Interestingly, the Justices empathically disapproved the judgment of Justice D.V. Sharma of the Allahabad High Court against which they were hearing the appeals in which the judge had held that the “Places of Worship (Special Provisions) Act, 1991 does not debar those cases where declaration is sought for a period prior to the Act came into force or for enforcement of right which was recognised before coming into force of the Act.” The Justices held that “The above conclusion of D V Sharma, J. is directly contrary to the provisions of Section 4(2)”, and that, “Section 4(2) specifically contemplates that all suits, appeals and legal proceedings existing on the day of commencement of the Places of Worships Act, with respect to the conversion of the religious character of a place of worship, existing on 15 August 1947, pending before any court, tribunal or authority shall abate, and no suit, appeal or proceeding with respect to such matter shall lie after the commencement of the Act. …Clearly, in the face of the statutory mandate, the exception which has been carved out by Justice D V Sharma runs contrary to the terms of the legislation and is therefore erroneous”.
The Supreme Court’s order on August 4, 2023 refusing to stay the order of the Allahabad High Court dated August 2, 2023 in the Anjuman Intezamia Masjid Committee challenging the order of the Allahabad High Court which affirmed the order of the District and Sessions Court, Varanasi dated July 21, 2023 raises serious questions about its legality, propriety and justness. The Bench comprising CJI D.Y. Chandrachud, Justice J.B. Pardiwala and Justice Manoj Misra, are, with the greatest respects, completely wrong in allowing the Archaeological Survey of India (ASI) survey on the premise that the key question for any determination under the Act of 1991 is the religious character of a place of worship as it existed on August 15, 1947. The Bench has singularly failed to follow a binding precedent to which Justice Chandrachud himself was a party in the Ram Janmabhoomi temple case. There can be no doubt in anyone’s mind that the Gyanvapi mosque has been a place of public worship for centuries for Muslims and, therefore, there is an absolute and total bar on changing its character in any manner, into a place of worship of a different religious denomination.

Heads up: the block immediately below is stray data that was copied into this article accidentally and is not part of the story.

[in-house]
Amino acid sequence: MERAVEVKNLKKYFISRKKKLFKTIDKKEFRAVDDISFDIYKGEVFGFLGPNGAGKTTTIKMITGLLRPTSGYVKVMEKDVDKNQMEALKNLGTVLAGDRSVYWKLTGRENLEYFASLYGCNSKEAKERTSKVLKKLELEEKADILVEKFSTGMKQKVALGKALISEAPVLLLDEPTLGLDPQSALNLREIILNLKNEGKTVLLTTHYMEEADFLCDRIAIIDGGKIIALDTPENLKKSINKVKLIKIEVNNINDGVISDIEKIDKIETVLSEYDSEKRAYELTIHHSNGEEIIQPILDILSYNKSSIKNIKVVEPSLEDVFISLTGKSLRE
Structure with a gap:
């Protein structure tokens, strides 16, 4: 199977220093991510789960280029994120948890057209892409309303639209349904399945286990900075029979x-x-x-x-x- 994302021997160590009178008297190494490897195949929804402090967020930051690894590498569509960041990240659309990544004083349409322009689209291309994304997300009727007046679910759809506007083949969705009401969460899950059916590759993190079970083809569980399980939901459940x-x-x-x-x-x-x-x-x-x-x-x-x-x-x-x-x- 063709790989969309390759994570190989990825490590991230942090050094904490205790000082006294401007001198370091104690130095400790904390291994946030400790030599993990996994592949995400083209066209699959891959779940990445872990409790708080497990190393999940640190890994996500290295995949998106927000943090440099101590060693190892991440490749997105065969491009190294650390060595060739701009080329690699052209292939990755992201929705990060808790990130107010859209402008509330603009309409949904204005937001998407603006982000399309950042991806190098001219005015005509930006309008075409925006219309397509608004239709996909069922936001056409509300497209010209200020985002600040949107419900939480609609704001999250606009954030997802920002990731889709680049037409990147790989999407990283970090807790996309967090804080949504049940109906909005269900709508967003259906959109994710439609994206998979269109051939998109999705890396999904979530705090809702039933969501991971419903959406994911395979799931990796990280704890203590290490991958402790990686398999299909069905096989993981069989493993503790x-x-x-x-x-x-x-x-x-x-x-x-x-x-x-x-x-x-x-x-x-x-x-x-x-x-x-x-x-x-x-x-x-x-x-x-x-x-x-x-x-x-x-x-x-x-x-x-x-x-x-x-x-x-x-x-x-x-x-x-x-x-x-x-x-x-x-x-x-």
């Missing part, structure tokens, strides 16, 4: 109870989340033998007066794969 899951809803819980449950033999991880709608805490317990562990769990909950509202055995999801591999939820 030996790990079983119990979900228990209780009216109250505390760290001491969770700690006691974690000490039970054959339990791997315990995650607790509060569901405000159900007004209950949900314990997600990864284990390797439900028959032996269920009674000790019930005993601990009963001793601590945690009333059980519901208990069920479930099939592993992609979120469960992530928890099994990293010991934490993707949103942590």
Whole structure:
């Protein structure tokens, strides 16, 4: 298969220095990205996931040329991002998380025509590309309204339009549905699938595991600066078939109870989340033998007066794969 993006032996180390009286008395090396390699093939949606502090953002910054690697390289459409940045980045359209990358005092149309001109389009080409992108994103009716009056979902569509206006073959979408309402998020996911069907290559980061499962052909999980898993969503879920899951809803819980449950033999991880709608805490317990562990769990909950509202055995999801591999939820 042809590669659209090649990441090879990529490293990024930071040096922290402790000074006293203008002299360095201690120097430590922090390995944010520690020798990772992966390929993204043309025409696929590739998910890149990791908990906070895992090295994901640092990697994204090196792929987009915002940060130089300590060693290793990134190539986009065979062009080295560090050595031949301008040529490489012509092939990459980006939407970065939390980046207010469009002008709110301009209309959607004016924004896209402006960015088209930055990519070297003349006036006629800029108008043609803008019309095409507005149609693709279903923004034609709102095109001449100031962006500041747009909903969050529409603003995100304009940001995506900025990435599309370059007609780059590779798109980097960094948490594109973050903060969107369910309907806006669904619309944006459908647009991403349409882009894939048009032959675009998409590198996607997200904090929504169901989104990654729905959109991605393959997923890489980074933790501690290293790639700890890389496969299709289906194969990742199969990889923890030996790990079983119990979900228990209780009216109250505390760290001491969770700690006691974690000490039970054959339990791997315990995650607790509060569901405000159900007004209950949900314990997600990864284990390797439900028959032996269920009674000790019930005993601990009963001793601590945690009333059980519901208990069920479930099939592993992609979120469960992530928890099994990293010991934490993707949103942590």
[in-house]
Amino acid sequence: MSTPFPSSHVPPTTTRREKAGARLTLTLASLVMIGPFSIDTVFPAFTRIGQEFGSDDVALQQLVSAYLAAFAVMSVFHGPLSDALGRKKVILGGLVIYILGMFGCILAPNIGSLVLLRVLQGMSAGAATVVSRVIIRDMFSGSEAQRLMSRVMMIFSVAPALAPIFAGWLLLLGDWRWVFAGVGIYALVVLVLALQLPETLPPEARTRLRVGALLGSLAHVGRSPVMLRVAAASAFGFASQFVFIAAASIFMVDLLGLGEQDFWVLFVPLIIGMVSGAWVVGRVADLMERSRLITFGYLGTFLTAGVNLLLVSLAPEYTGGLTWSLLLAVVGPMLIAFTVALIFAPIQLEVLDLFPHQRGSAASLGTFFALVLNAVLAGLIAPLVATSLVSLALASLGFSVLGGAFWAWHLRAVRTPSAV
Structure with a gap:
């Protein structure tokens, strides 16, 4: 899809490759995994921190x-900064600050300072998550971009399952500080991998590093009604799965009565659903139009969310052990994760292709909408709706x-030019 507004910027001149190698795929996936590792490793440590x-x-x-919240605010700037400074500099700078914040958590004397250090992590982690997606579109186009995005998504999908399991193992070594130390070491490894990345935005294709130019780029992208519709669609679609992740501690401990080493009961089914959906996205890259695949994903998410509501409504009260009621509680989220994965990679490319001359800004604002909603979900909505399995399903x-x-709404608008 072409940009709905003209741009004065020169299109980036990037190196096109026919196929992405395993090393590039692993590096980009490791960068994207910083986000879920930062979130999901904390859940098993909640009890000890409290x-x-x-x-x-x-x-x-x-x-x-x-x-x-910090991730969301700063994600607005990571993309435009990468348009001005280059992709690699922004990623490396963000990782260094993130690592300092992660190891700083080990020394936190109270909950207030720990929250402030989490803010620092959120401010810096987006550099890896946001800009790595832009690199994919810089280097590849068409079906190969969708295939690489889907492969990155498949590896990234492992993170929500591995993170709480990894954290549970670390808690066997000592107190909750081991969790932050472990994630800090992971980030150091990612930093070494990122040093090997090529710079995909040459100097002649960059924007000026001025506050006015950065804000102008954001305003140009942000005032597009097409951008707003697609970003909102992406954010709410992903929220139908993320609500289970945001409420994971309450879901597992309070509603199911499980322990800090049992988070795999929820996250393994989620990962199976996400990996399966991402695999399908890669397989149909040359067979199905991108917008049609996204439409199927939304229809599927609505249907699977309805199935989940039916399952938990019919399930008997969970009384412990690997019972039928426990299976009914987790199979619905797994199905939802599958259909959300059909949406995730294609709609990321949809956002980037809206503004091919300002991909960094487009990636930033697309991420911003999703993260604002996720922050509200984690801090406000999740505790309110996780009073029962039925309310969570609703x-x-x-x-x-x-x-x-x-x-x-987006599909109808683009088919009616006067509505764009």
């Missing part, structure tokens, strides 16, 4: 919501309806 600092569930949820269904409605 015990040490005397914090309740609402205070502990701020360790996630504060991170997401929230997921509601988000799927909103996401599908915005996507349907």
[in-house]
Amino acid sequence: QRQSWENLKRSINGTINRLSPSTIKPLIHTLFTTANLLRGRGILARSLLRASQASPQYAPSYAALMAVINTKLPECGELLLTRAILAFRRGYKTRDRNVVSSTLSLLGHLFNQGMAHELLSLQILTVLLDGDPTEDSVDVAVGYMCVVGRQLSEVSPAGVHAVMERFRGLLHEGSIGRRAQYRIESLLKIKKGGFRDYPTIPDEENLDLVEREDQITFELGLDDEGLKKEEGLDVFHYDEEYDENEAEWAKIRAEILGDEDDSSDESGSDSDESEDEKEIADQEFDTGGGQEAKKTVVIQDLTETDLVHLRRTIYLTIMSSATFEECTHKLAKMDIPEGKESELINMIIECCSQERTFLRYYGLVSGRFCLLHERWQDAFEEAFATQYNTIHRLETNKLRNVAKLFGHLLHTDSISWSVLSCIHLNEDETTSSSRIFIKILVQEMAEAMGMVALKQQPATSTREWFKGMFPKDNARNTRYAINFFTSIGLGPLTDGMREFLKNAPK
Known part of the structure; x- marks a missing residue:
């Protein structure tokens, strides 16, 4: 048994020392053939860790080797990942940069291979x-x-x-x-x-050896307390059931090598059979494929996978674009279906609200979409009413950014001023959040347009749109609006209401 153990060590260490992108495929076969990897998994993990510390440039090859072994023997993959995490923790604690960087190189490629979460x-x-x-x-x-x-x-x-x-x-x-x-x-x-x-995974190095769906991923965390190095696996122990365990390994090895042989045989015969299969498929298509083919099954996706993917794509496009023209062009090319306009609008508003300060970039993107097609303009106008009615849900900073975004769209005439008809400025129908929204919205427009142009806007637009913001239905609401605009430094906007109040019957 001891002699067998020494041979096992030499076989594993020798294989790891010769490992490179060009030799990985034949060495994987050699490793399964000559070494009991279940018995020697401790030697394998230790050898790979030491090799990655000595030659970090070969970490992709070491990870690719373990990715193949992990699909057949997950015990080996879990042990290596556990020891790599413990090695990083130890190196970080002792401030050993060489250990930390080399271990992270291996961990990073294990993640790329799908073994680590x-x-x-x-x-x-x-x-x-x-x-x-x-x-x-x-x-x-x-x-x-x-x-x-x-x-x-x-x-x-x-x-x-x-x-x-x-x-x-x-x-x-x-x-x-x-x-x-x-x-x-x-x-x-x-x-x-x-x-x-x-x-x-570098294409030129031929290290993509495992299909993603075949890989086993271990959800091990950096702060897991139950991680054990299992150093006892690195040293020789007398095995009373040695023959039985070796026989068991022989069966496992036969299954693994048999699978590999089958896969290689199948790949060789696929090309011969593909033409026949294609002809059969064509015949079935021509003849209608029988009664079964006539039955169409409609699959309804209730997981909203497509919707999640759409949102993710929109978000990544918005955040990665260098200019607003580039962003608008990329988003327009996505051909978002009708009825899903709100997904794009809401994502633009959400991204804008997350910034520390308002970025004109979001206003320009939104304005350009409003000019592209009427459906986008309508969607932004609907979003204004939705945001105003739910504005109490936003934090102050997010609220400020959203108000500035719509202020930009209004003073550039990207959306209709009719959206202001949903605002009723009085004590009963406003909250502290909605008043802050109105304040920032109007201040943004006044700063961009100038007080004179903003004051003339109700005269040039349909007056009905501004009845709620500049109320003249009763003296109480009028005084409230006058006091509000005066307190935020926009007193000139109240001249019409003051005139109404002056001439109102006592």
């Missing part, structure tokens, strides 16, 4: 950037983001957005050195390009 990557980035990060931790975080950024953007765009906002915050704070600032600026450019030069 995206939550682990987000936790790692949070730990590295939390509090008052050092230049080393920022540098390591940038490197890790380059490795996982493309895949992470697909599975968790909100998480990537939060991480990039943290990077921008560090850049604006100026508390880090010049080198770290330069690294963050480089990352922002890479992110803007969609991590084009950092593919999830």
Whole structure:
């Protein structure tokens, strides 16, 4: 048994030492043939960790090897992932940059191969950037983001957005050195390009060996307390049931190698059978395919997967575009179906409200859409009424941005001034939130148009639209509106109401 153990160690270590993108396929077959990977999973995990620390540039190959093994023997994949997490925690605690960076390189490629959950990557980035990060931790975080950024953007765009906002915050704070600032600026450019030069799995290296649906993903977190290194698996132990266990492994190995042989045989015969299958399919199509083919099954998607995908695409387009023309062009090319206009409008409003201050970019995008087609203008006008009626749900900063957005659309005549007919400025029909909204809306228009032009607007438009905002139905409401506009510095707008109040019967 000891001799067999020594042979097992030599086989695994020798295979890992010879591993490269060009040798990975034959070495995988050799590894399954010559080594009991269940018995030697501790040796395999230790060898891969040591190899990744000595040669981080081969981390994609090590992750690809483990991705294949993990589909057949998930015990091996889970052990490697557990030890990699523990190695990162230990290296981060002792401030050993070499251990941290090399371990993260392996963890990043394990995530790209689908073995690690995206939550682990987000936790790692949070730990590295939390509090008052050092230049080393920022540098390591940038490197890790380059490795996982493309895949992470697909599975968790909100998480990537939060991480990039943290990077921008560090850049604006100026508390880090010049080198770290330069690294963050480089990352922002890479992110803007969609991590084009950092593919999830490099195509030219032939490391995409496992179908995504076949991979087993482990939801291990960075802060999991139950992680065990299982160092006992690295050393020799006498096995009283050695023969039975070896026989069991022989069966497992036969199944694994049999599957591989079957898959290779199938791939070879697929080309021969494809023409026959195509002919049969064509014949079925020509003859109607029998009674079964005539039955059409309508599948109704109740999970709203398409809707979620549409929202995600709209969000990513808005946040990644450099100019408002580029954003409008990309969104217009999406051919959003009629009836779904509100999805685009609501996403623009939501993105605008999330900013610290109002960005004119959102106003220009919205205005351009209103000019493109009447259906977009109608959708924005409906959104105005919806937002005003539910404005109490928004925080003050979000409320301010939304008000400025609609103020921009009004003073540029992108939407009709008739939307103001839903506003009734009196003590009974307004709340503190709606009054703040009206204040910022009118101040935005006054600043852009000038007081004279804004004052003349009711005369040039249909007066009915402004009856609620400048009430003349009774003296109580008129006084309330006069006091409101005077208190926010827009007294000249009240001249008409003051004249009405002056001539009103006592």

If the nature of the mosque is untouchable since it existed on August 15, 1947, then what purpose can an ASI inquiry be directed at? And what purpose can it achieve? The Court never allows or grants futile reliefs.
The Supreme Court has completely overlooked that the obligations under the Act were upon the state as also on every citizen of the nation and those who govern the affairs of the nation at every level were bound by it.
The Supreme Court is the ultimate custodian of constitutional values and morality. Applying the spirit of the judgment of Ram Janmabhoomi temple case, the three courts ought to have been extraordinarily mindful about the rights and feelings of the minority community. At a crucial time when elections are approaching,, any majoritarian approach can create serious misgivings in the minds of sections of society.
Bigotry during parts of the Islamic period has always stood condemned; in fact that led to the rise of the powerful Marathas, Rajputs and Sikhs, resulting in overthrowing the Muslim empire.
The opening of a Pandora’s box
The question now is this: how far do we go from here? Do we order such a survey for every mosque because claims will be made by people across cities and villages? Someone may even suggest that we dig up the Red Fort and the Taj Mahal. There is also a plea on the Court “praying for a scientific survey” of the Mathura mosque. The Supreme Court has opened a Pandora’s box.
We must remember that while injustice was done to the Hindus by Muslim rulers, democratic India cannot perpetuate them to undo them. One can only remember that rulers like Akbar respected Hindus and allowed religious freedom to them. The Bhakti movement which produced some of the greatest saints such as Chaitanya, Surdas, Tulsidas, Gopala Bhatt, Sankardeva, Eknath, Tukaram, Dadu, Meera Bai, and Guru Nanak raised the status of non-Brahmins, especially Dalits amongst Hindus. In that sense, religion was democratised.
When history is written in future, there should not be any reference that the Hindus of the 21st century indulged in religious bigotry. For over 5,000 years Hinduism has been a way of life and one of the greatest religions marked by Liberalism, Tolerance and Absorption. Let us hope for peace and prosperity in our beloved India.
Dushyant Dave is a Senior Advocate in the Supreme Court of India